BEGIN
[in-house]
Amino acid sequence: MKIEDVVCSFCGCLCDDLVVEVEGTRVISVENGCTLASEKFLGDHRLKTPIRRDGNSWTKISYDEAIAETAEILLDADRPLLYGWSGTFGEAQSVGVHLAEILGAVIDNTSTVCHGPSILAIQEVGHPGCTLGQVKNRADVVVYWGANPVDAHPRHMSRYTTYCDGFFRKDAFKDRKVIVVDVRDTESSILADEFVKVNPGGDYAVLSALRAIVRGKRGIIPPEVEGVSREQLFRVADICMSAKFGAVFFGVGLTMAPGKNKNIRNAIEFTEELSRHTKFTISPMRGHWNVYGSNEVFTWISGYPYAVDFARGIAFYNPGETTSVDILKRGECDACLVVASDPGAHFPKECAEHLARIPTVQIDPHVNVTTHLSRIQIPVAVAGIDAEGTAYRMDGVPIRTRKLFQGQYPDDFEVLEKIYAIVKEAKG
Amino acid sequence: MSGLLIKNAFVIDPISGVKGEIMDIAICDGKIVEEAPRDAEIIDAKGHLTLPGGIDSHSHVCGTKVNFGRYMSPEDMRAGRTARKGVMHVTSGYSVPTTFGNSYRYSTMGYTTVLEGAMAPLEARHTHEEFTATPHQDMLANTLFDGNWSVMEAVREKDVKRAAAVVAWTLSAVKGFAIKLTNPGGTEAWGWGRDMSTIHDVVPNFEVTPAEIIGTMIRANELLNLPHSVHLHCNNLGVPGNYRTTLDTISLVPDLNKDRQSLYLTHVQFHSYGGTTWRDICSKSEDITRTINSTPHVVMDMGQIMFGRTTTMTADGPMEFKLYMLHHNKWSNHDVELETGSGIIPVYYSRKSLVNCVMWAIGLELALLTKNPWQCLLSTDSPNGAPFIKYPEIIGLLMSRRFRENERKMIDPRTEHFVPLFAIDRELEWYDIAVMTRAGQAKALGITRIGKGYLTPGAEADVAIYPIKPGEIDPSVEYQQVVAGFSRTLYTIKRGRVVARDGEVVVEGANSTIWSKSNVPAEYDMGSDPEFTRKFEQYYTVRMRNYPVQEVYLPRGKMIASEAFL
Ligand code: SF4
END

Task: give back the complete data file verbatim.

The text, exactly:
[in-house]
Amino acid sequence: MKIEDVVCSFCGCLCDDLVVEVEGTRVISVENGCTLASEKFLGDHRLKTPIRRDGNSWTKISYDEAIAETAEILLDADRPLLYGWSGTFGEAQSVGVHLAEILGAVIDNTSTVCHGPSILAIQEVGHPGCTLGQVKNRADVVVYWGANPVDAHPRHMSRYTTYCDGFFRKDAFKDRKVIVVDVRDTESSILADEFVKVNPGGDYAVLSALRAIVRGKRGIIPPEVEGVSREQLFRVADICMSAKFGAVFFGVGLTMAPGKNKNIRNAIEFTEELSRHTKFTISPMRGHWNVYGSNEVFTWISGYPYAVDFARGIAFYNPGETTSVDILKRGECDACLVVASDPGAHFPKECAEHLARIPTVQIDPHVNVTTHLSRIQIPVAVAGIDAEGTAYRMDGVPIRTRKLFQGQYPDDFEVLEKIYAIVKEAKG
Amino acid sequence: MSGLLIKNAFVIDPISGVKGEIMDIAICDGKIVEEAPRDAEIIDAKGHLTLPGGIDSHSHVCGTKVNFGRYMSPEDMRAGRTARKGVMHVTSGYSVPTTFGNSYRYSTMGYTTVLEGAMAPLEARHTHEEFTATPHQDMLANTLFDGNWSVMEAVREKDVKRAAAVVAWTLSAVKGFAIKLTNPGGTEAWGWGRDMSTIHDVVPNFEVTPAEIIGTMIRANELLNLPHSVHLHCNNLGVPGNYRTTLDTISLVPDLNKDRQSLYLTHVQFHSYGGTTWRDICSKSEDITRTINSTPHVVMDMGQIMFGRTTTMTADGPMEFKLYMLHHNKWSNHDVELETGSGIIPVYYSRKSLVNCVMWAIGLELALLTKNPWQCLLSTDSPNGAPFIKYPEIIGLLMSRRFRENERKMIDPRTEHFVPLFAIDRELEWYDIAVMTRAGQAKALGITRIGKGYLTPGAEADVAIYPIKPGEIDPSVEYQQVVAGFSRTLYTIKRGRVVARDGEVVVEGANSTIWSKSNVPAEYDMGSDPEFTRKFEQYYTVRMRNYPVQEVYLPRGKMIASEAFL
Ligand code: SF4